Is the Newtonandtheapple story true? Does anybody really understand the
Principia? Was Newton a nice guy? In this interview, Dr. Jed Buchwald, an
historian of physics and professor of history at the California Institute of
Technology, answers these and other provocative questions about the man many
consider to be the greatest scientist who ever lived.
The real Newton
NOVA: Everybody has an image of Newton, the guy who got hit on the head with an
apple and dreamed up the universal law of gravitation. Is there any truth to
this?
Buchwald: I doubt that an apple is what stimulated him to get the idea. The
story behind it, of course, is that he was lying in the garden there, and
instead of thinking about girls, he was thinking about the moon and how it goes
around the Earth and so on. And an apple falls, and the story goes that
bang, he suddenly has the idea that the same thing that's making the
apple fall is what's holding the moon in its orbit. Then he does a calculation
to see whether the mathematical behavior, the acceleration, as it's known, of
the moon as it orbits around the Earth would fit with the fall of the apple if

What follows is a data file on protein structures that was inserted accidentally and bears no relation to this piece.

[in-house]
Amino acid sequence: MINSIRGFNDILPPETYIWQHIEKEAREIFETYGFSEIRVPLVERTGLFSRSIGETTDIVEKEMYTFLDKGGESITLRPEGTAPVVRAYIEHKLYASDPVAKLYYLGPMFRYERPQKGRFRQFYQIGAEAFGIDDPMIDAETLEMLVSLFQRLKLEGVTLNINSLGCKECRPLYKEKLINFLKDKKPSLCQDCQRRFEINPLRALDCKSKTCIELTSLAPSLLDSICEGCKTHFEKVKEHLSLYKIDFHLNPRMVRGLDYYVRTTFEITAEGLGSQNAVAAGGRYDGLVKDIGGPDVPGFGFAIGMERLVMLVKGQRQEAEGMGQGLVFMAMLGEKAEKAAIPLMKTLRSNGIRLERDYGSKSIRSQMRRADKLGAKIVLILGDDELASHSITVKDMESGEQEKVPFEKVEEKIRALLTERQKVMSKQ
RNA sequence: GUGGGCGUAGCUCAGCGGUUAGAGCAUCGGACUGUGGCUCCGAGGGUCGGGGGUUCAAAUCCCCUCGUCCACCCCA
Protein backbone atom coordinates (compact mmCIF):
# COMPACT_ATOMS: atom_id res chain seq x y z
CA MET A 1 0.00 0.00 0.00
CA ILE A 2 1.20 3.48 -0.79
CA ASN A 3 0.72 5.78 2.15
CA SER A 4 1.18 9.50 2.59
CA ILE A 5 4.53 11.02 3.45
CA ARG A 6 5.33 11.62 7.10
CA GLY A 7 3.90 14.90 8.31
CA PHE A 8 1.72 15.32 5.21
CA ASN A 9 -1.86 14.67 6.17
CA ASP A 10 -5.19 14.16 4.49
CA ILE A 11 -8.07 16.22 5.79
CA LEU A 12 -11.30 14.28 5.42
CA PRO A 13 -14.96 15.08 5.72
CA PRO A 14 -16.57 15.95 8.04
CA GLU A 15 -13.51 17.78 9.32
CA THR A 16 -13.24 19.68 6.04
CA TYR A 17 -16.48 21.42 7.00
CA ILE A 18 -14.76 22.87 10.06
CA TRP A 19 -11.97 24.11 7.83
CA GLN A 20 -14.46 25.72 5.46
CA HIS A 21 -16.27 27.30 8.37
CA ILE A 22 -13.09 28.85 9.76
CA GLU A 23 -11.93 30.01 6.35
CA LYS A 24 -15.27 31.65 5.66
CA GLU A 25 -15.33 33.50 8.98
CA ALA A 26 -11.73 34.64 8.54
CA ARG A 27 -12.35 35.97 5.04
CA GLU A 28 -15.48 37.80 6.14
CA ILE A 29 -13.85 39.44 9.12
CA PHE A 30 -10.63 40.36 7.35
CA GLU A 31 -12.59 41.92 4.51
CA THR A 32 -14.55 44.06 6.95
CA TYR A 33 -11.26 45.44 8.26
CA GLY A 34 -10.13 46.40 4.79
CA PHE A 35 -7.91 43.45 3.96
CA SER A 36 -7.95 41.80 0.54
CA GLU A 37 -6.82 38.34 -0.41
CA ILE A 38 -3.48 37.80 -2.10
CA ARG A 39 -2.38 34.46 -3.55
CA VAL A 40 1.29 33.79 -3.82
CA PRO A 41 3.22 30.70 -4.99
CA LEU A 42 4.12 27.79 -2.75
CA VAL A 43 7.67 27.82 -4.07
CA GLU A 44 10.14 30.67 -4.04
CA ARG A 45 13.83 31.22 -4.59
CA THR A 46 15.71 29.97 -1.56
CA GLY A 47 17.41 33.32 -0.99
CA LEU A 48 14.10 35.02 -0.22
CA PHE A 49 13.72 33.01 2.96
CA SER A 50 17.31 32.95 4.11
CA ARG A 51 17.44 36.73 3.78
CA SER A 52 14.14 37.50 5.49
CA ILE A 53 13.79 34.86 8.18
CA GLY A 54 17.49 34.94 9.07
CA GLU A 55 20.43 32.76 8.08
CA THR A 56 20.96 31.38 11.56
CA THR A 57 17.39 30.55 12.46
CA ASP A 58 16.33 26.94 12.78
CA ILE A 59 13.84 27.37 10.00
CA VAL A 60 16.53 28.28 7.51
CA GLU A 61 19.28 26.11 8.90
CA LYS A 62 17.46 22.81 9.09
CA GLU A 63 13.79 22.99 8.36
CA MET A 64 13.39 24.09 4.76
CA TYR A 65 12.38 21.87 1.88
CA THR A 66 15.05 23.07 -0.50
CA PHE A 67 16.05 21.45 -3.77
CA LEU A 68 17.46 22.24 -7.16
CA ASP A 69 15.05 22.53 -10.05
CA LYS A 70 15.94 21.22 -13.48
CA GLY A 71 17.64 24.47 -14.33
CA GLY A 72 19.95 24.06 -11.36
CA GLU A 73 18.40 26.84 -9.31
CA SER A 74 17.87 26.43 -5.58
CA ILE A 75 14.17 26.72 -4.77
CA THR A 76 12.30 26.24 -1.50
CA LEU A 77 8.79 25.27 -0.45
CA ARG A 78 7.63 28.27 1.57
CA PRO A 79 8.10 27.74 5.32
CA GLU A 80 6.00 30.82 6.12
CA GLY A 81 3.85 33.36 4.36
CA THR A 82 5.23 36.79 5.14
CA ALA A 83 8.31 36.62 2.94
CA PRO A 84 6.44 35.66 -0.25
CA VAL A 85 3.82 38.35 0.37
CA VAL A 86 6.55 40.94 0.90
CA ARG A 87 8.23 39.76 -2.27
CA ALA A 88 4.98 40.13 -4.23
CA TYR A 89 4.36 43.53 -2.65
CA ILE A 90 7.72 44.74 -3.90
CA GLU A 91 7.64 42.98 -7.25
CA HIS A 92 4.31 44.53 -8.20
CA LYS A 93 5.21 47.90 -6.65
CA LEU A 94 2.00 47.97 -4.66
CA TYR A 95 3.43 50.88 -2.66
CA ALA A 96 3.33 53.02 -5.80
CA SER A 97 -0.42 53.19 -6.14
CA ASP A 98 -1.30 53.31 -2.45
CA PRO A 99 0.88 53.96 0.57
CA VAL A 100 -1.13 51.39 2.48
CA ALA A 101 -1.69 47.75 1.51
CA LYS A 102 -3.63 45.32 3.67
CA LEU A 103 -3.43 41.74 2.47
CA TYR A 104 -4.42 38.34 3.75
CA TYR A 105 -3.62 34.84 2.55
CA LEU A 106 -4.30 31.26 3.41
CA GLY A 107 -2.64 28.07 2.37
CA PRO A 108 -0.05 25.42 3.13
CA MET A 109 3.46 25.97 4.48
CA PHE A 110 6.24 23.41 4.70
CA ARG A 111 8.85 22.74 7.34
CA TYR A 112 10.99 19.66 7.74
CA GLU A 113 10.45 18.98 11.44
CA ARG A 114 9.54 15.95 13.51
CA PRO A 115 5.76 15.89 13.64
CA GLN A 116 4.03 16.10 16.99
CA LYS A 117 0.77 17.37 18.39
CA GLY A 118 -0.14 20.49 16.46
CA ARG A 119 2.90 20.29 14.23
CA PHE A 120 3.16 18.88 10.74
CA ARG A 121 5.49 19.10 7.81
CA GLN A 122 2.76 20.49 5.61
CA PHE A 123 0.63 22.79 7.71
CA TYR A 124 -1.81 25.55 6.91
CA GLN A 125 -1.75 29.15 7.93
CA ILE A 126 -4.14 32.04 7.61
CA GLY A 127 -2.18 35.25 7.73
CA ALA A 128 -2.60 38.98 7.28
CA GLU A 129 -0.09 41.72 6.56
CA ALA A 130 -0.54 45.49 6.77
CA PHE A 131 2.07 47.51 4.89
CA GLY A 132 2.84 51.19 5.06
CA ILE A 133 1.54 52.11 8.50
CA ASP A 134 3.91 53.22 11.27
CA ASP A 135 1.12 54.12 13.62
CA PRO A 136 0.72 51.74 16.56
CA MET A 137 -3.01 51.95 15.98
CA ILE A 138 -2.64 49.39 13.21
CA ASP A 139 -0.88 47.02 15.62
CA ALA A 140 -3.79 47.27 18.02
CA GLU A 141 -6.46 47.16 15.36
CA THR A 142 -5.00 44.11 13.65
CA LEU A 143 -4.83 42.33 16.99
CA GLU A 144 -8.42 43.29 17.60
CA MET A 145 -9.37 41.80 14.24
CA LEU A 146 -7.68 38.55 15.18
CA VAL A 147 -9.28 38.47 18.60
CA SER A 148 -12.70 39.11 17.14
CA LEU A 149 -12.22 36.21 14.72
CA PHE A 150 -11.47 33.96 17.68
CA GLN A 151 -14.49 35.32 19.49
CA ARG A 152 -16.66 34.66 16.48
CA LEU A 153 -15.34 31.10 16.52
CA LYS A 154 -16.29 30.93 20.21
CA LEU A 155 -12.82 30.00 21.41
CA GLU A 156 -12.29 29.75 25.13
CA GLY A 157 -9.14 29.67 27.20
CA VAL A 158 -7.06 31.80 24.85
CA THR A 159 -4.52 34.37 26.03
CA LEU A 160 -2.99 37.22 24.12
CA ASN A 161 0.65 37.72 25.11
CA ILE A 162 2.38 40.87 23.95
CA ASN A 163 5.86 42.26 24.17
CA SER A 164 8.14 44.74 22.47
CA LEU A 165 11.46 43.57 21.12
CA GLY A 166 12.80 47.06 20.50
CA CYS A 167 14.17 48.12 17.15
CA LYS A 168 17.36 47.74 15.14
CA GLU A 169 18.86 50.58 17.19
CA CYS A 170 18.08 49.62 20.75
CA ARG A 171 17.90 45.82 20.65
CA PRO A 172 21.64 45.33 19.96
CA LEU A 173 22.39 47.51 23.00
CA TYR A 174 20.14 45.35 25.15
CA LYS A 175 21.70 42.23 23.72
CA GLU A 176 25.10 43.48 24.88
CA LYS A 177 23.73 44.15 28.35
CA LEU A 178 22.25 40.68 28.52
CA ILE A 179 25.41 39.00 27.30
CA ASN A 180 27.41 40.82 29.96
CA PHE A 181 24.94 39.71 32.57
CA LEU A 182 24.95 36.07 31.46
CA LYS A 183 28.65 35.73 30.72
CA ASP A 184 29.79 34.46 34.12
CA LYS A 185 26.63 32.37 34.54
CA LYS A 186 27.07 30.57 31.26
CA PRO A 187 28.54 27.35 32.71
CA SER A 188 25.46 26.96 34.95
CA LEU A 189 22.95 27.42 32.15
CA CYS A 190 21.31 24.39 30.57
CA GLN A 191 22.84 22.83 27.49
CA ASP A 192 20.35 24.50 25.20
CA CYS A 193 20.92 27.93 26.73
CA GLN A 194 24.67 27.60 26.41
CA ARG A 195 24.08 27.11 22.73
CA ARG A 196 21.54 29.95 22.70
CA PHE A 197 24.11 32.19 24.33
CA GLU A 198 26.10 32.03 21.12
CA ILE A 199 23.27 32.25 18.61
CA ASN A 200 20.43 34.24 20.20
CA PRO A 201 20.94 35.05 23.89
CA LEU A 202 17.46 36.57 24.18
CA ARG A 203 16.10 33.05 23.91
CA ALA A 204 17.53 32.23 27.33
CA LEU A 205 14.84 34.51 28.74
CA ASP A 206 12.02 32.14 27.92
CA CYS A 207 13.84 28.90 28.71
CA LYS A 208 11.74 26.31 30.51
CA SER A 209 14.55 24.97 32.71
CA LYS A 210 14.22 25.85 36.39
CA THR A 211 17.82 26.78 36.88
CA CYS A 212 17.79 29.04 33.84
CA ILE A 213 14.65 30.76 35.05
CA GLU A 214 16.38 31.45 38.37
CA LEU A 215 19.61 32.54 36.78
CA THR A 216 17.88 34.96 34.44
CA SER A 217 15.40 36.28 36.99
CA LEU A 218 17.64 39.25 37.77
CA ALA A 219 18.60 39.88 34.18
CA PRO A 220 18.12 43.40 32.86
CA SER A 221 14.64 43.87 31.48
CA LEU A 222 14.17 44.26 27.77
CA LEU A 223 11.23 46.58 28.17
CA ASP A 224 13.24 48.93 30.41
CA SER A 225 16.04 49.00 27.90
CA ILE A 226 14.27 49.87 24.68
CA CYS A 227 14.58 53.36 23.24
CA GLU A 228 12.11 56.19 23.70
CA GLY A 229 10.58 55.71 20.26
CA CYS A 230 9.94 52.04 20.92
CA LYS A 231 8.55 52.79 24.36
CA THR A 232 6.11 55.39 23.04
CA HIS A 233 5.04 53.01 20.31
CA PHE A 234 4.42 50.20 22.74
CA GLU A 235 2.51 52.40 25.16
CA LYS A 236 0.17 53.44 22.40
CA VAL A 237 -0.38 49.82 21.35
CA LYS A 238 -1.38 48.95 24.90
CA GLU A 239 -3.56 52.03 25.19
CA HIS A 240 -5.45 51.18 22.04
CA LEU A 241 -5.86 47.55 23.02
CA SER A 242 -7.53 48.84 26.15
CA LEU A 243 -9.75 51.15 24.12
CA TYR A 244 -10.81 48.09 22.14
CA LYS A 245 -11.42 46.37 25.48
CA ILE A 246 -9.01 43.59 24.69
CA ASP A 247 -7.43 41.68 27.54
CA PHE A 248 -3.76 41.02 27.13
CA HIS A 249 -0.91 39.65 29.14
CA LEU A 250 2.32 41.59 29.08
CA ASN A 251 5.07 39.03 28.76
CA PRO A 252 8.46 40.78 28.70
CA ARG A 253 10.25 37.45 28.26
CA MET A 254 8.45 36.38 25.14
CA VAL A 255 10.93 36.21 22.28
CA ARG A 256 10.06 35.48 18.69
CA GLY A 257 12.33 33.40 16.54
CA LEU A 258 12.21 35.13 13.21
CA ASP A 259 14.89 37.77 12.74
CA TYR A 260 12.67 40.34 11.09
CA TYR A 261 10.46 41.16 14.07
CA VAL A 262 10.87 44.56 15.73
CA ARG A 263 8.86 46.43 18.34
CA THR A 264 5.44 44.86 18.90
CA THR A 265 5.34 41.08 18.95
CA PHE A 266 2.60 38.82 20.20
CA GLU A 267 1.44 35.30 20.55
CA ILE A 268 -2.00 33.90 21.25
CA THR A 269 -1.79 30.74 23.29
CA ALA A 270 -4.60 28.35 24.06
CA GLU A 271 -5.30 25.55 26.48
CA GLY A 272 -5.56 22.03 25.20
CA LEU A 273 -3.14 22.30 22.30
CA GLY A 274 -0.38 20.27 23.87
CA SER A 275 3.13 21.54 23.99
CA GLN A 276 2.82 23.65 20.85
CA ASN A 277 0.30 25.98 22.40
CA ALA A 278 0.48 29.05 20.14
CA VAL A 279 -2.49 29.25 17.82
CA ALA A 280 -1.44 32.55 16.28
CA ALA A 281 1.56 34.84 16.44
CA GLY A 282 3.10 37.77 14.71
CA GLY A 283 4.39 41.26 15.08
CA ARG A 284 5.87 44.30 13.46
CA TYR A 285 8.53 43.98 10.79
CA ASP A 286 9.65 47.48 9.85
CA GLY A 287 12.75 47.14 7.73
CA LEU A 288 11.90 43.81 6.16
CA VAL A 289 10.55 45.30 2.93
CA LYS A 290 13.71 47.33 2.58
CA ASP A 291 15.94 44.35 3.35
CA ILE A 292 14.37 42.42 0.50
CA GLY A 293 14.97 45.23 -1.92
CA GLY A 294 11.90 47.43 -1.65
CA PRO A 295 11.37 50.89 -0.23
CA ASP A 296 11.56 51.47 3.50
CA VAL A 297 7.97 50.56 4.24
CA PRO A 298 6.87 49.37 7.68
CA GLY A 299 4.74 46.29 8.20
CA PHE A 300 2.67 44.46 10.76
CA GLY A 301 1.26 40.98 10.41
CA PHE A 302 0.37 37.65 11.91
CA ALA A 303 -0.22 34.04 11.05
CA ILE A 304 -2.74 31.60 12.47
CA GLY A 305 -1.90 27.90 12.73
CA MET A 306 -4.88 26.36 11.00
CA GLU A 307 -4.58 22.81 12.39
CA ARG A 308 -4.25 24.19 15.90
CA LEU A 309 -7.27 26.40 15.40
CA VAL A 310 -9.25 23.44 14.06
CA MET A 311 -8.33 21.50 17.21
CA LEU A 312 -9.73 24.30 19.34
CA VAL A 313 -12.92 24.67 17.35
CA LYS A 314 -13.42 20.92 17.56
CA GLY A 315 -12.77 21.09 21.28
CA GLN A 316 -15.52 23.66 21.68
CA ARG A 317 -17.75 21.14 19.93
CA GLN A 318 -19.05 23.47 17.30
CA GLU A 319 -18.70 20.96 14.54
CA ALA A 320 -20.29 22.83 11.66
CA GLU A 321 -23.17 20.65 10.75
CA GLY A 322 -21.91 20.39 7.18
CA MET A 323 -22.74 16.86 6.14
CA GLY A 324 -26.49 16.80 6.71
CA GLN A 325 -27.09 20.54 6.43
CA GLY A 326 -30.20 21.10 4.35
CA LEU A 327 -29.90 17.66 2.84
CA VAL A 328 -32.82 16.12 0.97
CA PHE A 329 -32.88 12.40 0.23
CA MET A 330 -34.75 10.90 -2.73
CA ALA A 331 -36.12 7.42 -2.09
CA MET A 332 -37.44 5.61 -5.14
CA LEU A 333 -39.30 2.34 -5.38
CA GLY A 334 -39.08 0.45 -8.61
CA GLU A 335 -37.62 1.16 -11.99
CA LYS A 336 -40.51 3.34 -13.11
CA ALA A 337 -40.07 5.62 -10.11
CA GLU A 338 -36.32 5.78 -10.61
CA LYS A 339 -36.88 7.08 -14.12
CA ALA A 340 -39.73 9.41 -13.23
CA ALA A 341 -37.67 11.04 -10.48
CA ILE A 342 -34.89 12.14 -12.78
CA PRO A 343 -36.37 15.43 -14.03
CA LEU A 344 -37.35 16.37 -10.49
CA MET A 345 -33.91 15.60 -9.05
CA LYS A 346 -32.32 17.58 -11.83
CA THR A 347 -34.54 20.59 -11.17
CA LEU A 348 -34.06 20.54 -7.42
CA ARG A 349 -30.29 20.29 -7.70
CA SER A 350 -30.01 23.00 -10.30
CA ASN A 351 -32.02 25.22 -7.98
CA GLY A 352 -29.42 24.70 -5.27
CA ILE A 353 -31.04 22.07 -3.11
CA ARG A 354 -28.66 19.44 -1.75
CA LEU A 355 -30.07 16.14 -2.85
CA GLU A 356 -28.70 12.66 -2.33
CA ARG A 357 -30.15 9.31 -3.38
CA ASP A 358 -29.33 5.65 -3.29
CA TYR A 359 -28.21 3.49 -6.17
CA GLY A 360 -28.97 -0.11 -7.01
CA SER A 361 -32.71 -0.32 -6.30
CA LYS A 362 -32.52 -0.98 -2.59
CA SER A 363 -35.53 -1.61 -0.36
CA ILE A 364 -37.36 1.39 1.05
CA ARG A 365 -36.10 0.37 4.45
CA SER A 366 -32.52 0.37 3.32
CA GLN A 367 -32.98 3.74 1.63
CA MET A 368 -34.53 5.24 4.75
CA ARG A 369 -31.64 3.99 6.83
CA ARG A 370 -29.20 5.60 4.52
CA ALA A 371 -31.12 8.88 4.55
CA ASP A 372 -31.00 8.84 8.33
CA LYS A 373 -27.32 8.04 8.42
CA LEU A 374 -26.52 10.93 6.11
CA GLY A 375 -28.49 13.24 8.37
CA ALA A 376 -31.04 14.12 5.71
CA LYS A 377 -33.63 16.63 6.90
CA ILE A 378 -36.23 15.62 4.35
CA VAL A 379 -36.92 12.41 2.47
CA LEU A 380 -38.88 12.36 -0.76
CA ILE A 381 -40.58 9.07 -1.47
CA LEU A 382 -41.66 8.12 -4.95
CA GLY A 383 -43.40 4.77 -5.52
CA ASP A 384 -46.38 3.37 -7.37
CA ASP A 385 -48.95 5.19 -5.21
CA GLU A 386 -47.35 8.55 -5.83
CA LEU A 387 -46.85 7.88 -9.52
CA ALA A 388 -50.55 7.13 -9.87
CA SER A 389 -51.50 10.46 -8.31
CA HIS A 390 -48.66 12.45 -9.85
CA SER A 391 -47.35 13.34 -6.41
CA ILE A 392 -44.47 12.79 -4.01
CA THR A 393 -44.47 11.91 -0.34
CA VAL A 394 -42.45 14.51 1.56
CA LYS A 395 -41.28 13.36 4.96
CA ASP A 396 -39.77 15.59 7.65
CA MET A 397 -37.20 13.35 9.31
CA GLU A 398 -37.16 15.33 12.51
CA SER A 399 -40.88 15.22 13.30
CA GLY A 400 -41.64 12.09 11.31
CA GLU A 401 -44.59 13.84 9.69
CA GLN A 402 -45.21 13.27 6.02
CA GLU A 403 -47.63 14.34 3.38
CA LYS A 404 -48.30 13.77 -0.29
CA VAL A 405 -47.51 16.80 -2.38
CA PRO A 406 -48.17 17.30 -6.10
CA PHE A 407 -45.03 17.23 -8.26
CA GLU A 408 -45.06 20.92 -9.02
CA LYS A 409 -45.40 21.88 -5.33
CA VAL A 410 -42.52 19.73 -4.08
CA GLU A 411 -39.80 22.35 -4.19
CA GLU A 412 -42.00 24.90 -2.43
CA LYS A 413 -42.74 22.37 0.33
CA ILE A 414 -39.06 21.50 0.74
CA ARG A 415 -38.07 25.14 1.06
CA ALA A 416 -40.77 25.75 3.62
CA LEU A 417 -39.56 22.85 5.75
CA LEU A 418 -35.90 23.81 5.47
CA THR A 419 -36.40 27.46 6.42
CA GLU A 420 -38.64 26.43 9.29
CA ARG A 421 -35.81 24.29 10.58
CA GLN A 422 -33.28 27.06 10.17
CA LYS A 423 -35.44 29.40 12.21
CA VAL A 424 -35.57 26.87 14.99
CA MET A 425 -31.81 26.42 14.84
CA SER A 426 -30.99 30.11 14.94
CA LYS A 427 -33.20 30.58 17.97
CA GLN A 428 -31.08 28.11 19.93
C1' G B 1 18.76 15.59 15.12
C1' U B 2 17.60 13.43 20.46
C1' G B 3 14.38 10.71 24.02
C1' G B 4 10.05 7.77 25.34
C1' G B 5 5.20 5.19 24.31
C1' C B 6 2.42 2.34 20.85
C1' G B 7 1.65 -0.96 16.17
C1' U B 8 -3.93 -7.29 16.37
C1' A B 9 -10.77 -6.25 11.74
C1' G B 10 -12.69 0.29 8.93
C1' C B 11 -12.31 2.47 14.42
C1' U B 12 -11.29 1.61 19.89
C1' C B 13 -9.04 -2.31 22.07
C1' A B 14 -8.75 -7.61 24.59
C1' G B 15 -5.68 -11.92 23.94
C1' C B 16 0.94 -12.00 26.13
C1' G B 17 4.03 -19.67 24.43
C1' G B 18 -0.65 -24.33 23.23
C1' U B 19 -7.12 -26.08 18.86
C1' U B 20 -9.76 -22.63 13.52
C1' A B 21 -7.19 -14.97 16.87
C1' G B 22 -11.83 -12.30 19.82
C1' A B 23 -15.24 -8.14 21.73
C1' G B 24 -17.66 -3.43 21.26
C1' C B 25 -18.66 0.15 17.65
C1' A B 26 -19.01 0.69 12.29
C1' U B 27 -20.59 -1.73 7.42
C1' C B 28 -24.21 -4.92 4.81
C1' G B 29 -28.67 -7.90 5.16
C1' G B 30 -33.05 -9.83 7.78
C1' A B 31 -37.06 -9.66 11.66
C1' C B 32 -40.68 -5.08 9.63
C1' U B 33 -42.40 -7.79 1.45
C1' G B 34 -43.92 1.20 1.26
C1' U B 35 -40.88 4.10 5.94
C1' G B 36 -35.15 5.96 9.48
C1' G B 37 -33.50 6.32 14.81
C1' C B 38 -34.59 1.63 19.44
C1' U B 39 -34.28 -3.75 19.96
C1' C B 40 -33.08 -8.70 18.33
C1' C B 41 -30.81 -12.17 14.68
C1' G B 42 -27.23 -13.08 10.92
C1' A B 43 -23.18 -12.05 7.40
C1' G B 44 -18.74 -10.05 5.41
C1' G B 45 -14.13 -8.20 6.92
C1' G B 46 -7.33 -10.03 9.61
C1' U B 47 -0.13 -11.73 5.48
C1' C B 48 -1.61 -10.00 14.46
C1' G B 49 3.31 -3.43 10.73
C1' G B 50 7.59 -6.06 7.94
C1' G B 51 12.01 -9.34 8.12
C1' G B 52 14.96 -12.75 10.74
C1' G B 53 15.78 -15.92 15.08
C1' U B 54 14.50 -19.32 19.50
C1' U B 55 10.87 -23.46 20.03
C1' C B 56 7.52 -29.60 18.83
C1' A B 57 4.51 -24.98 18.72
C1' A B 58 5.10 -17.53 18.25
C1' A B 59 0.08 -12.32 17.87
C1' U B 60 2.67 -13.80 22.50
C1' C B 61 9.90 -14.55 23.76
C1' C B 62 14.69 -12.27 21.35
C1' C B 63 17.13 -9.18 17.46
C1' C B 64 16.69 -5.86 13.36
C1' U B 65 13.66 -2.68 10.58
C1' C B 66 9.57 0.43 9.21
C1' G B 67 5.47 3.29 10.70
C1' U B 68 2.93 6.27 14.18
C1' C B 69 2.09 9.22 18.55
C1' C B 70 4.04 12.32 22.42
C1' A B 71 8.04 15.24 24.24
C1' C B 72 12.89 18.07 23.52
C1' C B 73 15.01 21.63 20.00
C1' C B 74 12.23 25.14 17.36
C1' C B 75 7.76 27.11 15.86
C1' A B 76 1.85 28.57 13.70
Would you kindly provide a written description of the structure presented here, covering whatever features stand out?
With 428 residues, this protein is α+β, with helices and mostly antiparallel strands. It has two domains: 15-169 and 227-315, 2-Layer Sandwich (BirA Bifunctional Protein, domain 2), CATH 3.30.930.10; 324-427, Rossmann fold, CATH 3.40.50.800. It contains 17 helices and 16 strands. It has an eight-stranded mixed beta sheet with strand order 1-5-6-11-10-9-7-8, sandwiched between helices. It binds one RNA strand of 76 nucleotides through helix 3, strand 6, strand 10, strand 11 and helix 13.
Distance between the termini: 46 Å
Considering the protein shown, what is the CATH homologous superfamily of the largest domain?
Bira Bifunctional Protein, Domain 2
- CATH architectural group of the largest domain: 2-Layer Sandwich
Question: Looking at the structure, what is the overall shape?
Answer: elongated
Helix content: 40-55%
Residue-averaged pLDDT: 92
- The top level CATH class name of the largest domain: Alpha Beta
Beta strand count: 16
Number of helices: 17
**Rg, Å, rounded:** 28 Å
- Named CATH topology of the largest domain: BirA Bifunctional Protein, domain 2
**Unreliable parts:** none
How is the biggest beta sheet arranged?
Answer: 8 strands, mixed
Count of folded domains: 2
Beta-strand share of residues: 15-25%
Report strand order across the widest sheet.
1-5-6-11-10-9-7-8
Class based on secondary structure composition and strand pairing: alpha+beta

you assume that it falls at a certain rate. In other words, he's already got
the whole ball game in his hands. I don't believe it.
NOVA: So how do you see Newton? I mean, who was Isaac Newton?
Buchwald: Well, these were, of course, the very early years in which science
itself was forming as a discipline. The idea of doing experiments, the idea of
taking measurements and what you did with them afterwards, what a laboratory
was and what you should do in one, and how you should put it all together with
mathematics were really in many ways new. Not that there weren't elements long
before that. You can go back to antiquity and find Ptolemy, the great
astronomer, handling things mathematically and doing observations. But there
were a lot of new things about Newton.